First-time visitors to Iceland might not have considered basing themselves in Hveragerði, but actually, it’s a convenient location for both Reykjavik and the Golden Circle, as well as an easy journey from Keflavik Airport. There’s also plenty to do in and around the town itself, so it’s worth thinking about staying here for a few days as part of a longer itinerary. If you’re interested in finding out more, here are some ideas for what to do in Hveragerði.
This geothermal valley is a must if you’re keen to experience Iceland’s hot springs in a natural setting. Located just a few kilometres north of the town centre, it’s a pretty hike upstream to reach the part of the river that’s warm enough to relax in but at the same time, not too hot to be dangerous. Along the way, the sight of steam rising from the hillside and bubbling hot pots is a real treat. It’s more rustic than spas like the Blue Lagoon, but that’s the point: a chance to unwind amidst spectacular, unspoilt scenery.
If you’re looking for an adrenaline-fuelled way to experience the Icelandic countryside, then Icebike Adventures is sure to tick a lot of boxes. This tour operator offers a number of fun routes on two wheels. Intermediate cyclists will enjoy the Geo Trails ride, a thrilling two to three hour ride on electric mountain bikes which showcases the lava fields, waterfalls and geothermal landscapes around Hveragerði. More advanced riders might prefer the Tectonic package, a three or four day adventure which requires more technical ability but rewards with stellar views of dormant volcanoes, lakes and breathtaking countryside.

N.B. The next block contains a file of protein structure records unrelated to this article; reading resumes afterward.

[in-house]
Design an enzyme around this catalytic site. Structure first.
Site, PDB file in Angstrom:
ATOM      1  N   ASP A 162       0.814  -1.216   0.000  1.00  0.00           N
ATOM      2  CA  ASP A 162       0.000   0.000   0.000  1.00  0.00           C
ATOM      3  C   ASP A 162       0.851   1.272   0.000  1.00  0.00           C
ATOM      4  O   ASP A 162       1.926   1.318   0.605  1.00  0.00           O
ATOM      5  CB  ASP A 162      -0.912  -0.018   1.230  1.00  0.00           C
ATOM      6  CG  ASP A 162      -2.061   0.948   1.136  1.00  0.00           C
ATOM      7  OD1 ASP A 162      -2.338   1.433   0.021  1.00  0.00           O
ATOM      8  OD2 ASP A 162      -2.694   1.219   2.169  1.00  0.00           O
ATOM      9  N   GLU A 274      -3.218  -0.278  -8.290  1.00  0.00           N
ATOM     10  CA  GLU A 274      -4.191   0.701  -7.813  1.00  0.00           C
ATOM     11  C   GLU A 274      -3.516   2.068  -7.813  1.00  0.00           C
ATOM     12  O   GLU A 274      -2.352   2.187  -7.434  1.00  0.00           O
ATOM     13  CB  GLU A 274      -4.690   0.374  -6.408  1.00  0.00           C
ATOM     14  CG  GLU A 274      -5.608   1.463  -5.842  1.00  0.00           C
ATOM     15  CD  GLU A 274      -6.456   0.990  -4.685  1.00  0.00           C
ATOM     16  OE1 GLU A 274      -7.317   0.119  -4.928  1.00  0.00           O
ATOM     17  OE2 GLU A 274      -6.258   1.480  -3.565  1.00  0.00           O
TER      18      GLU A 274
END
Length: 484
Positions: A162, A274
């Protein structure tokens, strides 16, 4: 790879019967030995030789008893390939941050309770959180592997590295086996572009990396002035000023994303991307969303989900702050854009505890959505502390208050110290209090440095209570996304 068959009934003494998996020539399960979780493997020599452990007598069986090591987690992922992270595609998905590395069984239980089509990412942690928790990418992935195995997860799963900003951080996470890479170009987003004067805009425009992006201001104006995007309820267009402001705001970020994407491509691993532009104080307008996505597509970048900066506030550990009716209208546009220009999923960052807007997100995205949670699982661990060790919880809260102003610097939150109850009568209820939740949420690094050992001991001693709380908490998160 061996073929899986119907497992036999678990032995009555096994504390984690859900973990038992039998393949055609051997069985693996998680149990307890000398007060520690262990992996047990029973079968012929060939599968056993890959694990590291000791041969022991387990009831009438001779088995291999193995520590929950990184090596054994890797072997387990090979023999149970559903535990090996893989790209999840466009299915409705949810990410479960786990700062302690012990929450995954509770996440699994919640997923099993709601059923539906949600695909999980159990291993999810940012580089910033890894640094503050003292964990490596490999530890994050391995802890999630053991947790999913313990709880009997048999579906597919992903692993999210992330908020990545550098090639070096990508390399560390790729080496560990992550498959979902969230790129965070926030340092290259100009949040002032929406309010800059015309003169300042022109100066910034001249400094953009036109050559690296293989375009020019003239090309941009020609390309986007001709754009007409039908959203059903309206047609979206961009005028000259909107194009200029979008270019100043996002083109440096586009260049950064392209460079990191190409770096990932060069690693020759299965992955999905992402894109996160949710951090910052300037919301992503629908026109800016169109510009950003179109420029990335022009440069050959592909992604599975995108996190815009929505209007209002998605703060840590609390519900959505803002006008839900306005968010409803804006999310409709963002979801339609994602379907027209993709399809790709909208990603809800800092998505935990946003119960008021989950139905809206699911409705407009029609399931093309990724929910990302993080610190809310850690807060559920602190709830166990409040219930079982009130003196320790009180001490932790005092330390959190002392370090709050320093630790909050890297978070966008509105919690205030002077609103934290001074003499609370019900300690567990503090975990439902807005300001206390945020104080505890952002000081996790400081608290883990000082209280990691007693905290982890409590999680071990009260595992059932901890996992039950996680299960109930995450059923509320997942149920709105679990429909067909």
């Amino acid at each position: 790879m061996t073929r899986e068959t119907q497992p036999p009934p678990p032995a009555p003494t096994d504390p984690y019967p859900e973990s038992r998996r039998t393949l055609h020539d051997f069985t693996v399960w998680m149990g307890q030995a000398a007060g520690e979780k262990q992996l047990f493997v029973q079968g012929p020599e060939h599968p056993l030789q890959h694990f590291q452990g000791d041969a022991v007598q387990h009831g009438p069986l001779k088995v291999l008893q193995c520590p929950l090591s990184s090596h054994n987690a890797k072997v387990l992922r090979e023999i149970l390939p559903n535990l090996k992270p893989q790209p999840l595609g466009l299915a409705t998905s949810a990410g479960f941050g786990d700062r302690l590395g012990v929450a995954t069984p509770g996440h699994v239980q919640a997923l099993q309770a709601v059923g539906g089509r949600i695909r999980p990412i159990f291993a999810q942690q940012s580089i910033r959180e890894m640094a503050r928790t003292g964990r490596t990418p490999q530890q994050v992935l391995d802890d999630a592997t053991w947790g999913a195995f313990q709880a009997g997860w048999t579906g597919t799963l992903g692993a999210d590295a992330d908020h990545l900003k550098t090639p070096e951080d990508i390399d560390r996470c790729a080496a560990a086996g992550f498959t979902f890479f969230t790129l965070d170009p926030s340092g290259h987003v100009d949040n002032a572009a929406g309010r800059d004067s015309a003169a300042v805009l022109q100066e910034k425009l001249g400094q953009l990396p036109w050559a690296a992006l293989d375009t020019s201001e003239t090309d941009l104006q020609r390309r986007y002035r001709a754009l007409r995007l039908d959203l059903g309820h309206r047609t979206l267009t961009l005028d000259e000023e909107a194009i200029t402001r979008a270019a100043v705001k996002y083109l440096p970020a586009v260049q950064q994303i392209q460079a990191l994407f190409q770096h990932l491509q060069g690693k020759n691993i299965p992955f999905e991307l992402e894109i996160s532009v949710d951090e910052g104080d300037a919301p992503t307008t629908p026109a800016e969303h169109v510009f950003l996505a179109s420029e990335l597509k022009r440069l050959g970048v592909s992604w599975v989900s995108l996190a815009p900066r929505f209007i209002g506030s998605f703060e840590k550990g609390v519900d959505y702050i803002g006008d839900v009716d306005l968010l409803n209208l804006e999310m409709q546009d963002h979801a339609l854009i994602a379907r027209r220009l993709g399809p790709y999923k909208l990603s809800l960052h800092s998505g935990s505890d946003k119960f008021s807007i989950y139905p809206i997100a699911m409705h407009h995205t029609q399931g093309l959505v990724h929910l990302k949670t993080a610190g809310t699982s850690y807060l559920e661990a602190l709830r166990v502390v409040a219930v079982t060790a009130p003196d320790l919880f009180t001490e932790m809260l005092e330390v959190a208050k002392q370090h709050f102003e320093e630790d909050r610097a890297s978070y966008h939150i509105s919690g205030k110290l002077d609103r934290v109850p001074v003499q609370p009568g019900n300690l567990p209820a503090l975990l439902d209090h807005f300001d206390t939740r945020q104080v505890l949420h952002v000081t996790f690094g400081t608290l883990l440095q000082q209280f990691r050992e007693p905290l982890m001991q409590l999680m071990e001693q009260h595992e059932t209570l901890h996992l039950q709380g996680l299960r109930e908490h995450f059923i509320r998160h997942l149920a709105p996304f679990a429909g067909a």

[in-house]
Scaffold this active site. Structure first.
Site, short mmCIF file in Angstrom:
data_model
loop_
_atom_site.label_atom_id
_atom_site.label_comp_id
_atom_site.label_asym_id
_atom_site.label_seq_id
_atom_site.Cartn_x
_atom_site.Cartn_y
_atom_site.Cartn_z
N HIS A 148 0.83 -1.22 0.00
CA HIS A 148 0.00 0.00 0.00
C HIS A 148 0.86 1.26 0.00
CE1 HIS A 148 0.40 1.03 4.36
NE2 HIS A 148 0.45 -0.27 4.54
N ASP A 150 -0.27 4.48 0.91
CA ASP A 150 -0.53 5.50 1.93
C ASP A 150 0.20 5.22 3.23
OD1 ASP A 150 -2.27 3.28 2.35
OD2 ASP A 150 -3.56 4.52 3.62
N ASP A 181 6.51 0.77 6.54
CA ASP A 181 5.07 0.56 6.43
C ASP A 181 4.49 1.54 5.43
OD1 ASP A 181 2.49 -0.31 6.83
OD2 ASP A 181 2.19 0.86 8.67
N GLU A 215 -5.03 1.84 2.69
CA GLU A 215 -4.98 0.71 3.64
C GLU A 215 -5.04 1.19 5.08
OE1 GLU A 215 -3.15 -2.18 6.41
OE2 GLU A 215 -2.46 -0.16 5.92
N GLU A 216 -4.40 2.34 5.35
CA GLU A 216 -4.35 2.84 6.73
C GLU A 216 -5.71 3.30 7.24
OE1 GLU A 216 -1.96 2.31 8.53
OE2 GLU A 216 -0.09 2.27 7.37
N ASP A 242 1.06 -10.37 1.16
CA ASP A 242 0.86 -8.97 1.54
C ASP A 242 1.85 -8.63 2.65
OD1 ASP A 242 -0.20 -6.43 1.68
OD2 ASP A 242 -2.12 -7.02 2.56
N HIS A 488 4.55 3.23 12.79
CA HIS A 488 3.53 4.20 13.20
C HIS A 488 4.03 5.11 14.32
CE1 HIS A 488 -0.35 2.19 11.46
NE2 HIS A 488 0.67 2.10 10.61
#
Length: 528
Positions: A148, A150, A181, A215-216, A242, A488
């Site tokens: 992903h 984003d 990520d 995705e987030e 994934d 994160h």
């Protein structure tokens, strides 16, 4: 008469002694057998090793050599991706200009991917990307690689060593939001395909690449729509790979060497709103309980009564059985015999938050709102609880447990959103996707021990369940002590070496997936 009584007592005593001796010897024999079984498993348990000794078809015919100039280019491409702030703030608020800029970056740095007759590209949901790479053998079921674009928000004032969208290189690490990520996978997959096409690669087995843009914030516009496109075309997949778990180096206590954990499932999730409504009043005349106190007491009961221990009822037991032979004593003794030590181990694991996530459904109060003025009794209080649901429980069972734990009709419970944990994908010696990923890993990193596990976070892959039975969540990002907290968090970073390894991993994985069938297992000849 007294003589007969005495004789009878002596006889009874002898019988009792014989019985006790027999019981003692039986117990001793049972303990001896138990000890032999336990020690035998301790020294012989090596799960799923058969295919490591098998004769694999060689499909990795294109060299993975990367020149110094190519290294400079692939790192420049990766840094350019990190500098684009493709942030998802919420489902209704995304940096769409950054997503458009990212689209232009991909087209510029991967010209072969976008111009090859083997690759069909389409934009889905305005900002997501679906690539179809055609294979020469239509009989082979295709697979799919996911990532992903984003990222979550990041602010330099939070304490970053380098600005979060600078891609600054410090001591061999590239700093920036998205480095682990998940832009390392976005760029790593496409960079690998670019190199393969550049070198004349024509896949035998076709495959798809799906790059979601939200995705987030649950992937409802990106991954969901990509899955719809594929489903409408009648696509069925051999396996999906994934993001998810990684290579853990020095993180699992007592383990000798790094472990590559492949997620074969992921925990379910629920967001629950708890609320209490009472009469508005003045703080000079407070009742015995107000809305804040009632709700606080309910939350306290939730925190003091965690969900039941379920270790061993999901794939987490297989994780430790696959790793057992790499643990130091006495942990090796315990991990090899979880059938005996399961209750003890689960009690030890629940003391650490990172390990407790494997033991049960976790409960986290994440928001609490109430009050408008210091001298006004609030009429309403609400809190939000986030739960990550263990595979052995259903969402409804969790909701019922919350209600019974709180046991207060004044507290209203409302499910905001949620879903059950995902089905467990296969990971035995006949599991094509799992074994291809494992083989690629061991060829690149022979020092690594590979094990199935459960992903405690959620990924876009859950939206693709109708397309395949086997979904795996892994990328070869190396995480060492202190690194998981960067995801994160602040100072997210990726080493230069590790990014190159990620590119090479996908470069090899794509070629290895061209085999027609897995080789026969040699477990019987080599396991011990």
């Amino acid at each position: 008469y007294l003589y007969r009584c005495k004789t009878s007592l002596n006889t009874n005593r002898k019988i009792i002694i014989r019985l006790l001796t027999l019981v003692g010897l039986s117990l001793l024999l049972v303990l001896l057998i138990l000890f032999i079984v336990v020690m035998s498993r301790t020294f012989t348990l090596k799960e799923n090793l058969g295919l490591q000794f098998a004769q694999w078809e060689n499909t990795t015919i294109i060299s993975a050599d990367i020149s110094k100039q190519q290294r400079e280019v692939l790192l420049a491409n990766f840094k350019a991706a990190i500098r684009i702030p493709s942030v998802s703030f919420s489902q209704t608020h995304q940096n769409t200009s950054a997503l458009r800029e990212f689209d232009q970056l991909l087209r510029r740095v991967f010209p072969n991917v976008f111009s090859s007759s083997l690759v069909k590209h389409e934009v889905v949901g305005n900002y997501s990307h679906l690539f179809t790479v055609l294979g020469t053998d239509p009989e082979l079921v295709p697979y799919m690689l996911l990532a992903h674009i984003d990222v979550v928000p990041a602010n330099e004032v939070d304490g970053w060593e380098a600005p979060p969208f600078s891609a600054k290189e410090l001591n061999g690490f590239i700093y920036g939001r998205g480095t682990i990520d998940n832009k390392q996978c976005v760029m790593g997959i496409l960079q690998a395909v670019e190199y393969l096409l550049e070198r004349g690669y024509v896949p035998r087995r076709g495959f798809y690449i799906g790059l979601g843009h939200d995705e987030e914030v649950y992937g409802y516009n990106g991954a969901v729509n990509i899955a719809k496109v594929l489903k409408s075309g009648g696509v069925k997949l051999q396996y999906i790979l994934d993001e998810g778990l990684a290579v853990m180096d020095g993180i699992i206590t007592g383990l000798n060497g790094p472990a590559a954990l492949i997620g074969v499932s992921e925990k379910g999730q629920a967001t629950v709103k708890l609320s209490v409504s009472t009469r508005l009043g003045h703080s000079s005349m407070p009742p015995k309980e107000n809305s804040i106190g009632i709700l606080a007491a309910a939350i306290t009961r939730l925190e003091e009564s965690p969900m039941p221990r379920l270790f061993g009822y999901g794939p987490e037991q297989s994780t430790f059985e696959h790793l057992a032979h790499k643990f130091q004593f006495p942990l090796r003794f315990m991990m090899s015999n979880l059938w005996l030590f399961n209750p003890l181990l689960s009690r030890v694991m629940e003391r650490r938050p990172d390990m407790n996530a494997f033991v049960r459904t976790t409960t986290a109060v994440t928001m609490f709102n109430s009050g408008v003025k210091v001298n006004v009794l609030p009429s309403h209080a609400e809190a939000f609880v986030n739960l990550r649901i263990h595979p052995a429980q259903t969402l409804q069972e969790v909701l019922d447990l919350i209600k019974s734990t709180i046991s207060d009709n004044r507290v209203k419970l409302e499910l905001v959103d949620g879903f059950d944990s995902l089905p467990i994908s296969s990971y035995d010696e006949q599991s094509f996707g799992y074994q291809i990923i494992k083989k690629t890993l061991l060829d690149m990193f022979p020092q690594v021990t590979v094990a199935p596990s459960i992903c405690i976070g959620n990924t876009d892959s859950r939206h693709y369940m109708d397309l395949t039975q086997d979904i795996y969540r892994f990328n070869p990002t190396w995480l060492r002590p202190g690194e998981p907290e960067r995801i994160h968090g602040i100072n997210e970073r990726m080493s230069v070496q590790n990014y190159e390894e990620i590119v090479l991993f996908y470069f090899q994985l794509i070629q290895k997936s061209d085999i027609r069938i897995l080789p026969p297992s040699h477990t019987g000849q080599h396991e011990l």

Riding Iceland’s famous horses is a bucket list activity and you won’t be disappointed if you choose to ride near Hveragerði with Sólhestar. Conveniently located just ten minutes out of town, this established stables offers a wide range of horseback tours to suit riders of all abilities. Complete novices can opt for an introductory hour-long ride which is an easy jaunt suitable for all the family. More experienced riders can book longer trips including a fabulous day-long excursion which combines time in the saddle with the geothermal valley of Reykjadalur. Multi-day tours are also available if you’re keen to see the area’s volcanic scenery on horseback.
Listasafn Árnesinga Art Museum
If art’s your thing, then you won’t want to miss this museum, the oldest art museum open to the public outside Reykjavik. Focusing mainly on the work of modern and contemporary Icelandic artists, it stages a number of exhibitions each year. Its collection comprises around 500 pieces representing various disciplines. Alongside the work on display in its gallery, you can also sign up for workshops, artist talks and guided tours. Afterwards, chat about the work you’ve seen over coffee and cake in the museum café.
Quake 2008, Sunnumörk shopping centre
It might seem unusual to include a shopping centre in a roundup of things to do, but this place is a little unusual. It’s home to Quake 2008, an exhibition that tells the story of the earthquake measuring 6.3 on the Richter scale that struck the area more than a decade ago. Take a look at video footage and photographs recording the impact of the quake. There’s also an earthquake simulator and a chance to see the crack in the landscape – the gap between the North American and Eurasian tectonic plates – which caused a small headache for engineers when the place was being built until they decided to make a feature of it.
This little waterfall is located on the River Varmá within Hveragerði’s botanical garden. In summer, it’s the ideal place to sit and enjoy a picnic while admiring the cascading water. For a different viewpoint, the team from Icelandic Adventures can arrange a private ziplining activity on a 90 metre long zipline over the waterfall. If you’re simply content to walk, follow the hiking trail that passes what’s left of an old wool factory. Built in 1902, it harnessed the waterfall’s power for hydroelectricity.